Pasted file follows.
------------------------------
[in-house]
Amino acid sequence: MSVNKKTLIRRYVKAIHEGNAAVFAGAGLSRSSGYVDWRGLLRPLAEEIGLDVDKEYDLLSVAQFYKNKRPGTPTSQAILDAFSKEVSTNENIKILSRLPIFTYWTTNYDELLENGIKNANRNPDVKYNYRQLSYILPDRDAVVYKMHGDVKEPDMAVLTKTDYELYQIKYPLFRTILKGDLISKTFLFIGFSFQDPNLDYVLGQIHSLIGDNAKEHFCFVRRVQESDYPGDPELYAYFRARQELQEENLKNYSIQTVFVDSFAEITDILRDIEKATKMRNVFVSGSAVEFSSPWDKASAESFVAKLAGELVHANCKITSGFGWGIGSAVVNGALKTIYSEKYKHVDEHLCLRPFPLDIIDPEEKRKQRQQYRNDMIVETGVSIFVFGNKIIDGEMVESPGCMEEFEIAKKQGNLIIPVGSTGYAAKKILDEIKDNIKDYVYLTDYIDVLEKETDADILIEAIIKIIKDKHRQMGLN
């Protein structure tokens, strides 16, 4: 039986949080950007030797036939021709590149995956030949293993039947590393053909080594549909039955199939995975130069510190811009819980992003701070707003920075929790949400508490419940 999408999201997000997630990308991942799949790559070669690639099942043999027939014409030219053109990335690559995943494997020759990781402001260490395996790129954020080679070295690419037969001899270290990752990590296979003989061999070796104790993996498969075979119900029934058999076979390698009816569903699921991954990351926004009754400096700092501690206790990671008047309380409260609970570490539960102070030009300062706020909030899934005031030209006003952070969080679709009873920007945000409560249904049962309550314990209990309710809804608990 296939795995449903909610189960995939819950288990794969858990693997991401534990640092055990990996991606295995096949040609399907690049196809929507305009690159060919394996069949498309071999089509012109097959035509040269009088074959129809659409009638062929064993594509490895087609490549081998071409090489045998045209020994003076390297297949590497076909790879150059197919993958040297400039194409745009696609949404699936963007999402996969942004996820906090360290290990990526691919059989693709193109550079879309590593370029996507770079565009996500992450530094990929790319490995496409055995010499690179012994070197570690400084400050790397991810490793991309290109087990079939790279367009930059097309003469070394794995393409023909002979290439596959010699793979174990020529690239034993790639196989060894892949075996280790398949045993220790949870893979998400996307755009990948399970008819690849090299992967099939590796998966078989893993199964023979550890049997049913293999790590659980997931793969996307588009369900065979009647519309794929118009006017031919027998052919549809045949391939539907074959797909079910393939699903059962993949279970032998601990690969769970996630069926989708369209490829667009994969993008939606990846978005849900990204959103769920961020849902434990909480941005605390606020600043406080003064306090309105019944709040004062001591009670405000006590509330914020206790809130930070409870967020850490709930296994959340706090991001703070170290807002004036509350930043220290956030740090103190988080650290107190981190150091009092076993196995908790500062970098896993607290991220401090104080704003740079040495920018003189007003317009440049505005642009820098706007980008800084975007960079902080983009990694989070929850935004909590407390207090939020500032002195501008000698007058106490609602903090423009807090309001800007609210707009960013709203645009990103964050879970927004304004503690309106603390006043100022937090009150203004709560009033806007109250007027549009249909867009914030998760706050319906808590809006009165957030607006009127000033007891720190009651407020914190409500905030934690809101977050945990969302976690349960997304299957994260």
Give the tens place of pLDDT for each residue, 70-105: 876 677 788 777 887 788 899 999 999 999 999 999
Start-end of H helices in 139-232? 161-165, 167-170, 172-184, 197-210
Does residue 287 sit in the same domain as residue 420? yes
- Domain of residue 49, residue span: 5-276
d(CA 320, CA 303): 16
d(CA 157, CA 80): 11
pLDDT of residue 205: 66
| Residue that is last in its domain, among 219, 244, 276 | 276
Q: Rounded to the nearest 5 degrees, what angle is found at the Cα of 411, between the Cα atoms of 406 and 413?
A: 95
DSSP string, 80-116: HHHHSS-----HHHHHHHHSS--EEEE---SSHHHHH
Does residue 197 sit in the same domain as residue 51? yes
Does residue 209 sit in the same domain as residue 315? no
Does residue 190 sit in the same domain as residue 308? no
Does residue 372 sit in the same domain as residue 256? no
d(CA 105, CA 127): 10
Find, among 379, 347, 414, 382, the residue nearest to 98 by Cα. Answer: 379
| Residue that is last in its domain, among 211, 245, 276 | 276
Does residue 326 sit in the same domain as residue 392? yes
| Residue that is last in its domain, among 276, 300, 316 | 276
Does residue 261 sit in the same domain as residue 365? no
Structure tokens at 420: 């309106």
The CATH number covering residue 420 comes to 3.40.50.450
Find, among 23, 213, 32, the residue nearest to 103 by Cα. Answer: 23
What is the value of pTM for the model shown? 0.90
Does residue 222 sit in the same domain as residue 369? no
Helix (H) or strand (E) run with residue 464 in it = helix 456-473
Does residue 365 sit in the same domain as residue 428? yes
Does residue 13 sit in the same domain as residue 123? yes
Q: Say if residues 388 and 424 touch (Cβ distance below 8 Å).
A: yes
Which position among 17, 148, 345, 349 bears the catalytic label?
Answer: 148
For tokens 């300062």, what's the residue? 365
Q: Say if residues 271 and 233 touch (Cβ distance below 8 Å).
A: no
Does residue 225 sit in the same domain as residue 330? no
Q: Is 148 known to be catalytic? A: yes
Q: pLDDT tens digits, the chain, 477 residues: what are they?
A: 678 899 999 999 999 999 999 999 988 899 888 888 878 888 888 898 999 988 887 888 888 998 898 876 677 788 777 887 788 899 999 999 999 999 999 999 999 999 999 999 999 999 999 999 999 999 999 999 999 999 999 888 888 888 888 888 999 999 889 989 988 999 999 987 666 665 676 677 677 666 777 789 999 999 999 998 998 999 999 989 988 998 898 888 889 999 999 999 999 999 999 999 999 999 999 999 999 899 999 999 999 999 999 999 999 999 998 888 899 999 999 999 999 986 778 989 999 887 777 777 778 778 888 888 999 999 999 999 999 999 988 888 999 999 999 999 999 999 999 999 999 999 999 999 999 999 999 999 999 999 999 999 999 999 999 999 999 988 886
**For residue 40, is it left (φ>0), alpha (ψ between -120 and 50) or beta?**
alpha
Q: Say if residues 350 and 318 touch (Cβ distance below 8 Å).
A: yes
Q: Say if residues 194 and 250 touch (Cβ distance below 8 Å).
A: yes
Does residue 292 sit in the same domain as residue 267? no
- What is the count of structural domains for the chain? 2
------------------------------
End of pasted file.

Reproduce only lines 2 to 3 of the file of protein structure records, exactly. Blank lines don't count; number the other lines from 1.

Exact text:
Amino acid sequence: MSVNKKTLIRRYVKAIHEGNAAVFAGAGLSRSSGYVDWRGLLRPLAEEIGLDVDKEYDLLSVAQFYKNKRPGTPTSQAILDAFSKEVSTNENIKILSRLPIFTYWTTNYDELLENGIKNANRNPDVKYNYRQLSYILPDRDAVVYKMHGDVKEPDMAVLTKTDYELYQIKYPLFRTILKGDLISKTFLFIGFSFQDPNLDYVLGQIHSLIGDNAKEHFCFVRRVQESDYPGDPELYAYFRARQELQEENLKNYSIQTVFVDSFAEITDILRDIEKATKMRNVFVSGSAVEFSSPWDKASAESFVAKLAGELVHANCKITSGFGWGIGSAVVNGALKTIYSEKYKHVDEHLCLRPFPLDIIDPEEKRKQRQQYRNDMIVETGVSIFVFGNKIIDGEMVESPGCMEEFEIAKKQGNLIIPVGSTGYAAKKILDEIKDNIKDYVYLTDYIDVLEKETDADILIEAIIKIIKDKHRQMGLN
């Protein structure tokens, strides 16, 4: 039986949080950007030797036939021709590149995956030949293993039947590393053909080594549909039955199939995975130069510190811009819980992003701070707003920075929790949400508490419940 999408999201997000997630990308991942799949790559070669690639099942043999027939014409030219053109990335690559995943494997020759990781402001260490395996790129954020080679070295690419037969001899270290990752990590296979003989061999070796104790993996498969075979119900029934058999076979390698009816569903699921991954990351926004009754400096700092501690206790990671008047309380409260609970570490539960102070030009300062706020909030899934005031030209006003952070969080679709009873920007945000409560249904049962309550314990209990309710809804608990 296939795995449903909610189960995939819950288990794969858990693997991401534990640092055990990996991606295995096949040609399907690049196809929507305009690159060919394996069949498309071999089509012109097959035509040269009088074959129809659409009638062929064993594509490895087609490549081998071409090489045998045209020994003076390297297949590497076909790879150059197919993958040297400039194409745009696609949404699936963007999402996969942004996820906090360290290990990526691919059989693709193109550079879309590593370029996507770079565009996500992450530094990929790319490995496409055995010499690179012994070197570690400084400050790397991810490793991309290109087990079939790279367009930059097309003469070394794995393409023909002979290439596959010699793979174990020529690239034993790639196989060894892949075996280790398949045993220790949870893979998400996307755009990948399970008819690849090299992967099939590796998966078989893993199964023979550890049997049913293999790590659980997931793969996307588009369900065979009647519309794929118009006017031919027998052919549809045949391939539907074959797909079910393939699903059962993949279970032998601990690969769970996630069926989708369209490829667009994969993008939606990846978005849900990204959103769920961020849902434990909480941005605390606020600043406080003064306090309105019944709040004062001591009670405000006590509330914020206790809130930070409870967020850490709930296994959340706090991001703070170290807002004036509350930043220290956030740090103190988080650290107190981190150091009092076993196995908790500062970098896993607290991220401090104080704003740079040495920018003189007003317009440049505005642009820098706007980008800084975007960079902080983009990694989070929850935004909590407390207090939020500032002195501008000698007058106490609602903090423009807090309001800007609210707009960013709203645009990103964050879970927004304004503690309106603390006043100022937090009150203004709560009033806007109250007027549009249909867009914030998760706050319906808590809006009165957030607006009127000033007891720190009651407020914190409500905030934690809101977050945990969302976690349960997304299957994260």